Creative workshops with the elderly

The Netherlands has an ageing population. Older people stay healthy and active for much longer, in music as well, and research shows that music has positive effects on staying healthy and active for longer. One of the forms in which older people can make music is the creative music workshop: one or more musical sessions in which you work towards a new musical end result together.

 


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Creative music workshops in general have been studied extensively, but creative music workshops with elderly people were new for both the elderly participants and the workshop leaders at the start of this project. In this exploratory research the researchers looked at the features of a creative music workshop for elderly people, and which competences a leader of creative workshops needed. It turned out that in addition to being a workshop leader, an appeal was also made on his/her role as a musician, improviser, conductor, composer, but also on their role as teacher, animator, organiser and producer. Simultaneously researchers looked for an answer to the question of what participation in a creative music workshop meant for an older person and also what participation meant for the care home.


In the spring of 2011 a number of pilot workshops was organised in various

Care and activity centres in the provinces of Groningen, Friesland and Drenthe. On various locations in Groningen (Pelsterhof, Veldspaat), Bolsward (Huylckenstein), Wommels (Nij Stapert) and Dwingeloo (De Weyert) workshops took place in which residents of the centres and elderly people from the neighbourhood made music together in a two hour session, where they played music and sang. It was a one-time workshop. Participants met each other for the first time during the session and some of them had never been involved in music before. Often carers and volunteers joined in as well. Besides making music, the participants were also told about the background of the instruments. During the course of the workshop they created a piece of music together.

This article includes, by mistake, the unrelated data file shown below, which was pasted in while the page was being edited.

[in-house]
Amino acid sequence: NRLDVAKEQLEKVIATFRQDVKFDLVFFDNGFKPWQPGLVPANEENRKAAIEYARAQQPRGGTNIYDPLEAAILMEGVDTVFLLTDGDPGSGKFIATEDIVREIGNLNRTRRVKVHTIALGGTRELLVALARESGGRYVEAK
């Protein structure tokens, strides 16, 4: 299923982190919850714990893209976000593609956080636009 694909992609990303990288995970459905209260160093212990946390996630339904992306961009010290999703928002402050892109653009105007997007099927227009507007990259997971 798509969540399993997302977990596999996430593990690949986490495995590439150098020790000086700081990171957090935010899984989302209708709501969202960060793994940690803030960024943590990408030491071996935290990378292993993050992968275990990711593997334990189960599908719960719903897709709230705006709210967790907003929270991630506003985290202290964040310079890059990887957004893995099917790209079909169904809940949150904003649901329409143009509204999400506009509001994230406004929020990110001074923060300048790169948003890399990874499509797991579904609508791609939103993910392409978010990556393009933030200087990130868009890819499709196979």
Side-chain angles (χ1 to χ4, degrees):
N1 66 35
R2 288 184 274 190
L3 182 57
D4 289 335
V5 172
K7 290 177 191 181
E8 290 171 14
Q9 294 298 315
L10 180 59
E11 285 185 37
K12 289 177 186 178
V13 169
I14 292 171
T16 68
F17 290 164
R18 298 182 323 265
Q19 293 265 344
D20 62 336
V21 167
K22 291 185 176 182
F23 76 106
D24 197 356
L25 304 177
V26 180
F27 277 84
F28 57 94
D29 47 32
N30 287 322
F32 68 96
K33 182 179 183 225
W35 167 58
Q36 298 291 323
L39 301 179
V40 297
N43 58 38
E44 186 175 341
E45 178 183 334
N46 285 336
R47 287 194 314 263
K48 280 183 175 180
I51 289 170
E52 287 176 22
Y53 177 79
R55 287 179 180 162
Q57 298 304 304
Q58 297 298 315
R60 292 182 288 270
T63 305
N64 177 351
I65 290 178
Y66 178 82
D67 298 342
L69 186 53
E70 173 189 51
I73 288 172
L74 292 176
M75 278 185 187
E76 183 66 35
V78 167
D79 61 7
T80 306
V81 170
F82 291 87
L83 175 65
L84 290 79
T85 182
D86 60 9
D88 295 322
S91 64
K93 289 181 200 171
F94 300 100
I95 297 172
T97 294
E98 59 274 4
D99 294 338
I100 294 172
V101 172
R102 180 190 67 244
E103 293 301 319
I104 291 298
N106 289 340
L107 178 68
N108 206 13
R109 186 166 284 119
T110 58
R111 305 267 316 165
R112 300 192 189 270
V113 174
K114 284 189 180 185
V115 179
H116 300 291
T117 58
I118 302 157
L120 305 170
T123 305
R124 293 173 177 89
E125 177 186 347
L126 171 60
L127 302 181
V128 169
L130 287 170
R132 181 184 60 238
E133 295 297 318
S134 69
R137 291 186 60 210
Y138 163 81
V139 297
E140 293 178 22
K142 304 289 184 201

Photo: Workshop in care centre Huylckenstein in Bolsward


 

In Haren (De Dilgt) and Franeker (Saxenoord) a series of workshops took place. A regular group of residents came together once a week for the duration of five weeks. This group also sang and played musical instruments such as percussion, organ, accordion and keyboards. Sometimes the participants brought their own instruments and wrote lyrics. During the last session they worked towards a result that could be performed in front of the other residents of the centre. A number of students of the Prince Claus Conservatoire played along on trumpet, bass and piano.

Photo: Workshop in care home Saxenoord


The reactions of the participants were largely positive. Clearly there is a need for creative music workshops in care centres for the elderly. Below a few reactions:

Mrs. Van der Molen: "When I make music I forget all my worries for a moment. I used to perform in plays, it's very nice to be doing something like that again."



Mr. Slijver: "I have been playing the organ by myself for years, and I enjoy doing this with others around me for a change. What it sounds like is not that important."




Mrs. De Vries: "I live in the neighbourhood. This workshop gives me the opportunity to meet people like myself. And I like trying out new things."

This was not a stand-alone project. The research group also researched the practice of creative music workshops with the elderly in a different way at the Royal Conservatoire in The Hague. In addition there was the project "Rhythm for Life", set up by the Royal College of Music, London, which also conducted research into creative music workshops for the elderly. The three projects were closely linked and there was frequent contact about the achieved results.

Involved in the project were: Jaap Oosterwijk (workshop leader), Karolien Dons (researcher), Peter Mak (conceptual framework), Evert Bisschop Boele (leader research strand Healthy Ageing through Music & the Arts), Renee Jonker (Royal Conservatoire The Hague), Rosie Burt-Perkins (Royal College of Music, London).
Rhythm for Life​

 

Jaap Oosterwijk

Jaap Oosterwijk (1957) studied trumpet at the MPA in Leeuwarden, after which he worked as a trumpet player for a.o. the Frysk Orkest, big bands and Tryater. In the same period he worked as a trumpet teacher for music schools and the Leeuwarden conservatoire. In addition he was also a conductor for choirs and music groups. Meanwhile he worked on developing his interest in the stage and in this way he also became a singer and actor (for Tryater and Keunstwurk), a stand-up comedian and a presenter. Oosterwijk composed a great number of songs for children, various pieces for choirs and music for the stage. He also wrote scripts and made programmes for school radio and TV (Omrop Fryslân), various shows for children and educational music programmes (Villa Aria with Frysk orkest, Opus Kriebel with NNO). At the CvK a7 in Heerenveen he further studied methodology and didactics and together with Immie Klaver he developed the instrumental orientation 'Okkie Kruis'. He founded a department for people with a mental disability (music expression) , and did a great deal of work in the field of culture education in Zuid-Oost Fryslân. At Parnas in Leeuwarden he was head of the music department and at the Prince Claus Conservatoire he was a regular guest teacher for 'orientation on the field of practice'.

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